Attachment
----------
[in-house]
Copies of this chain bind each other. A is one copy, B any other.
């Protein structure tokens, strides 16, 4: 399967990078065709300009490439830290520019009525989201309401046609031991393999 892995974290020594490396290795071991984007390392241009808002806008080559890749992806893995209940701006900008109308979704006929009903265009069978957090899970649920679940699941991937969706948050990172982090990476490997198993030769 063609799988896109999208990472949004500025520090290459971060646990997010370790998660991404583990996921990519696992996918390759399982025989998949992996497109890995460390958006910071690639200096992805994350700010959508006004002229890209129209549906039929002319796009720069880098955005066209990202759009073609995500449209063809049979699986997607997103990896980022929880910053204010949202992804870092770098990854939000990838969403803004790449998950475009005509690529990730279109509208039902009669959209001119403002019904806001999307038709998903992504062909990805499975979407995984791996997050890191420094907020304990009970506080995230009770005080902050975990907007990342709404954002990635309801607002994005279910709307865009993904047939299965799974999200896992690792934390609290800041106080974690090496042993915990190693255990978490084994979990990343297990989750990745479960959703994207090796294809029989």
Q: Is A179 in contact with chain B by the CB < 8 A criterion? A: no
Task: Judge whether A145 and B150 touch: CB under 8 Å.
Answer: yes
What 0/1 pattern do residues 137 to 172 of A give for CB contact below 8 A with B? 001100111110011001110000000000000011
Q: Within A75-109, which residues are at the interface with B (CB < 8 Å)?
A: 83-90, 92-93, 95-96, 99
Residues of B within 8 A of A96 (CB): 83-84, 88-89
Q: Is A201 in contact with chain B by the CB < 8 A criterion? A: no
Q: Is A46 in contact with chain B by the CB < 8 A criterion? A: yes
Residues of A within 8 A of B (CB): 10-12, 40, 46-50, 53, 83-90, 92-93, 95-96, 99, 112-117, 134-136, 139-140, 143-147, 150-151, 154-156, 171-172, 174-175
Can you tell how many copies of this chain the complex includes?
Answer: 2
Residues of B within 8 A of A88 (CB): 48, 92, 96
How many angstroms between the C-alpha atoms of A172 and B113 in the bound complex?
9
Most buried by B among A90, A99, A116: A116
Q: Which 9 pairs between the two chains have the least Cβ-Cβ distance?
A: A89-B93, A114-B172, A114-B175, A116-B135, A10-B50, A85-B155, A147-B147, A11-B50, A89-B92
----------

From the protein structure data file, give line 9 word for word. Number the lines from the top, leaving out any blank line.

A: 83-90, 92-93, 95-96, 99